A distributed brain network predicts general intelligence from resting-state human neuroimaging data.
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"When you turn your back on reality you lose the ability to manipulate reality. One would think that is self-evident. I didn't go into this to not try to find the truth." — James Flynn*
Today it is an honor to have Dr. James Flynn on the podcast. Dr. Flynn is Professor Emeritus at the University of Otago and recipient of the University's Gold Medal for Distinguished Career Research. In 2007, the International Society for Intelligence Research named him its Distinguished Contributor. His TED talk on cognitive and moral progress has received over 3.5 million visits. His long list of books include Are We Getting Smarter?, What is Intelligence?, Where Have All the Liberals Gone?, Fate and Philosophy, How to Improve Your Mind, and most recently, Does Your Family Make You Smarter?: Nature, Nurture, and Human Autonomy.
In this episode we cover a wide range of topics relating to intelligence and its determinants, including:
Twitter Q & A with James Flynn
Flynn: No, they would just be better adapted in their ability to meet educational demands.
Flynn: Whenever I catch them I am disturbed by both bad genetic hypotheses and bad environmental ones.
3. "What has caused the Flynn reversal in Nordic and some other rich countries? Markus Jokela suggested it could be health related." https://twitter.com/mark_ledwich/status/1027685177231695872
Flynn: See this article in Intelligence by myself and Shayer on IQ decline.
5. "Could the Flynn effect be based at least partially on a trade off, meaning that with change in culture promoting development of skills associated with higher IQ scores, this rise is at a cost of eg working memory?" https://twitter.com/Kapusta2365/status/1027689783219380225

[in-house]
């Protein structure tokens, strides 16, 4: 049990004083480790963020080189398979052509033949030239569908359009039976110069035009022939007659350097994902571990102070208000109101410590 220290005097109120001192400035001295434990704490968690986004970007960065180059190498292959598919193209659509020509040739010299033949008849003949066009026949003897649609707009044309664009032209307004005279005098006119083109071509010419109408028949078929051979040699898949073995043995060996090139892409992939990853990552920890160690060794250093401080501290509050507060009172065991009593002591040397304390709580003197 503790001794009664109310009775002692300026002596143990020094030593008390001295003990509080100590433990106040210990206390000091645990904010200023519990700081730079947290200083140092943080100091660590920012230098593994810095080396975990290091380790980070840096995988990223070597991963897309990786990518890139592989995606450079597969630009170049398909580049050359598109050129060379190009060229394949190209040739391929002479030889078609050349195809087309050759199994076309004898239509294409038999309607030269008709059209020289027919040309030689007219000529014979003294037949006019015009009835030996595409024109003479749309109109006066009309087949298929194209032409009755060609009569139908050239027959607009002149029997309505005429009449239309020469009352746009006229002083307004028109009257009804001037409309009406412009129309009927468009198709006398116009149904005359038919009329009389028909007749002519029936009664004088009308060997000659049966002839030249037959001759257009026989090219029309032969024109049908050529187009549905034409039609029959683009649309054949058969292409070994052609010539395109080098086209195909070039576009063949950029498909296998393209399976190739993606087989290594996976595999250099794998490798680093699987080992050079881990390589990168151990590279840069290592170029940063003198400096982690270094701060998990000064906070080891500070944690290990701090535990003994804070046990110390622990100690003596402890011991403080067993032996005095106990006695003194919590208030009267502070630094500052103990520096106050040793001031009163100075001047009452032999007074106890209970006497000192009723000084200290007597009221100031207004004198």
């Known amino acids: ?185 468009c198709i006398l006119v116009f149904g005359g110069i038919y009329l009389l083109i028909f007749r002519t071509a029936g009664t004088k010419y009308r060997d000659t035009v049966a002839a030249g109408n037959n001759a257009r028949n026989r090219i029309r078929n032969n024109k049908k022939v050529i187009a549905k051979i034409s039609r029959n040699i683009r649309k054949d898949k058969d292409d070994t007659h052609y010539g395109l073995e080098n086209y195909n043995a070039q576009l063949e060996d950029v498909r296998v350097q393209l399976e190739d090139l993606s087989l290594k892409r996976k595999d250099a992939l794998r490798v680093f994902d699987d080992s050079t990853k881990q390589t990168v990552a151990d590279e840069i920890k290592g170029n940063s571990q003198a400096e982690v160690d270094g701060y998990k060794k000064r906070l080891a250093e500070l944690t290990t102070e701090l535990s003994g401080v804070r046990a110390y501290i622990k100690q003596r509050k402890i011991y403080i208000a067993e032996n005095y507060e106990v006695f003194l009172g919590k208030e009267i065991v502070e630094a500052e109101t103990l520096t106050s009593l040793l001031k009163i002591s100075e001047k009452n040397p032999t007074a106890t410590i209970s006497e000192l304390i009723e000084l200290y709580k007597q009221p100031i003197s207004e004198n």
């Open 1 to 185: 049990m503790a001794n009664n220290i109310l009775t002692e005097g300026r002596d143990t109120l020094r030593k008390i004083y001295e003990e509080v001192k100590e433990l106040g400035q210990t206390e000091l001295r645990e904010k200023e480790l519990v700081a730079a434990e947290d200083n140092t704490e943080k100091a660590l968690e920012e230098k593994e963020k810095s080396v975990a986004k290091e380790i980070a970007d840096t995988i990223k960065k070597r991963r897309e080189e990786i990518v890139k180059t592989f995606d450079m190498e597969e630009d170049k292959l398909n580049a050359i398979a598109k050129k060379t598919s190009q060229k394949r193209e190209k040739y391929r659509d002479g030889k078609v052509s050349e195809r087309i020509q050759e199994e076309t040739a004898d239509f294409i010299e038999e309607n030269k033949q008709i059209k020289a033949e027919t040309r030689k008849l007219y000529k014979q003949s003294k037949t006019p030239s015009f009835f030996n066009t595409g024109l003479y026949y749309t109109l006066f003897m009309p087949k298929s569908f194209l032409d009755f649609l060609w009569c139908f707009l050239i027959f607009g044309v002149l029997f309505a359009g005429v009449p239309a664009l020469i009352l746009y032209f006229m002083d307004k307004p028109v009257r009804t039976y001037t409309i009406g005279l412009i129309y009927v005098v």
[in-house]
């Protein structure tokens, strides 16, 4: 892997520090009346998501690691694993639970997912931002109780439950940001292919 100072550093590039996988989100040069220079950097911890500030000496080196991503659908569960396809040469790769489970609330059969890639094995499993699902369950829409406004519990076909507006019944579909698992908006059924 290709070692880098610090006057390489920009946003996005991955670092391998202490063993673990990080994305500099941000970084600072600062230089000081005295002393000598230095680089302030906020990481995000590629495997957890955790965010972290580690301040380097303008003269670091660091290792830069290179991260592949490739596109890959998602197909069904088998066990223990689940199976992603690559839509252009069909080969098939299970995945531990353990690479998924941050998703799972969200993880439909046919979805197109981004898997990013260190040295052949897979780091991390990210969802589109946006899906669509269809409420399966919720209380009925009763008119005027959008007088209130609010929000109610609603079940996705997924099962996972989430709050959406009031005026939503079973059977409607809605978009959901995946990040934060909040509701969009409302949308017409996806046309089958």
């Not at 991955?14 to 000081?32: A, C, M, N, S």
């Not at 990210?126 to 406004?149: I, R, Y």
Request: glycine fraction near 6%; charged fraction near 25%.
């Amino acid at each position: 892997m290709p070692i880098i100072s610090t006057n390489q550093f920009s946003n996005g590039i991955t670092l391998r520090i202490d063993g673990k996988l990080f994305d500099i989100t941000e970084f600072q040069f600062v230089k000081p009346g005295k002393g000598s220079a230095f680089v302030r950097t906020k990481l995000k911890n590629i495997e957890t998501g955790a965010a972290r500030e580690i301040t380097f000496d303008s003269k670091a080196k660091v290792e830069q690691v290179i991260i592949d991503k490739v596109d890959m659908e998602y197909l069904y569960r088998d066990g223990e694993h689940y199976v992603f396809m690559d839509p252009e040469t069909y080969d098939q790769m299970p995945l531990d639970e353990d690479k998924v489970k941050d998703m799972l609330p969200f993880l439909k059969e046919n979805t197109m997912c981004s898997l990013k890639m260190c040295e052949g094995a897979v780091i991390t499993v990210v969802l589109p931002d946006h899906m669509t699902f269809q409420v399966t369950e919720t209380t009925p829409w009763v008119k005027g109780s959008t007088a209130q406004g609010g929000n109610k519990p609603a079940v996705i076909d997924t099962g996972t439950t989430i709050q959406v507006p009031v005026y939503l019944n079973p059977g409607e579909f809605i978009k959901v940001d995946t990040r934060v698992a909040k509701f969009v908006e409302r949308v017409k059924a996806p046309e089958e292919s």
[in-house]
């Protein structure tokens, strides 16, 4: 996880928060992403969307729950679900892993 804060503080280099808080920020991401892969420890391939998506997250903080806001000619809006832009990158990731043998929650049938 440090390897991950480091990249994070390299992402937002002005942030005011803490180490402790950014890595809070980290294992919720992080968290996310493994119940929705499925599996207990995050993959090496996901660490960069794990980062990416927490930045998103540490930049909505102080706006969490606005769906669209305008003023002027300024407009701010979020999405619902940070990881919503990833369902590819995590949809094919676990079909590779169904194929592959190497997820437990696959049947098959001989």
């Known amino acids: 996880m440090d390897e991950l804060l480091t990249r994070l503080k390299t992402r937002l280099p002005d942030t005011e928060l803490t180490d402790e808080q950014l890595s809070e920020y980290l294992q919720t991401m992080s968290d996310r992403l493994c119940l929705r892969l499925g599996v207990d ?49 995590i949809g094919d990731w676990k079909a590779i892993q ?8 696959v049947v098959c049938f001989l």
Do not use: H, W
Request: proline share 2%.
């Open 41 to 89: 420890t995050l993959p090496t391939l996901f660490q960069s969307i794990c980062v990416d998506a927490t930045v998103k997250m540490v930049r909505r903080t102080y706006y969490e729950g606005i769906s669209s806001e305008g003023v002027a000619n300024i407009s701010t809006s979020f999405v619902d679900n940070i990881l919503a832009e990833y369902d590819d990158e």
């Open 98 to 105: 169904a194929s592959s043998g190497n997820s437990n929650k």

Flynn: I don't think there is a downward trend in working memory – see Does Your Family Make You Smarter?
6. "Do the intelligence gains the Flynn effect reveals show an in increase in the g factor?" https://twitter.com/DabneyPierce/status/1027684042022432768
Flynn: No – see "Reflection about intelligence over 40 years" just posted on the net.
7. "What do you make of American SAT/ACT trends, that is the Asian scores increases and the Native-American scores declines?" https://twitter.com/UnsilencedSci/status/1027682180737130497
Flynn: Sorry I have only looked at black and white.
8. "Does you ever think there will come a time when rational, non-bigoted people can publicly discuss race and gender topics relating to your research?" https://twitter.com/AFIChai/status/1027732647349547009
Flynn: Well I hope so – but there is no trend in that direction.
* Quote taken from a lecture Flynn gave at the University of Cambridge on July 20, 2012.
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The Use of Mobile Games to Assess Cognitive Function of Elderly with and without Cognitive Impairment (Journal of Alzheimer's Disease):
Abstract: In the past few years numerous mobile games have been developed to train the brain. There is a lack of information about the relation between the scores obtained in these games and the cognitive abilities of the patients. The aim of this study was to determine whether or not mobile games can be used to assess cognitive abilities of elderly. Twenty healthy young adults, 29 old patients with cognitive impairments (Mini-Mental State Exam (MMSE) [20- 24]) and 27-aged controls participated in this study. Scores obtained in 7 mobile games were correlated with MMSE and the Addenbrooke's Cognitive Evaluation revised (ACE-R). Statistically significant differences were found for all games between patients with cognitive impairments and the aged controls. Correlations between the average scores of the games and the MMSE and ACE-R are significant (R = 0.72 [p < 0.001] and R = 0.81 [p < 0.001], respectively). Scores of cognitive mobile games could be used as an alternative to MMSE and ACE-R to evaluate cognitive function of aged people with and without cognitive impairment at least when MMSE is higher than 20/30.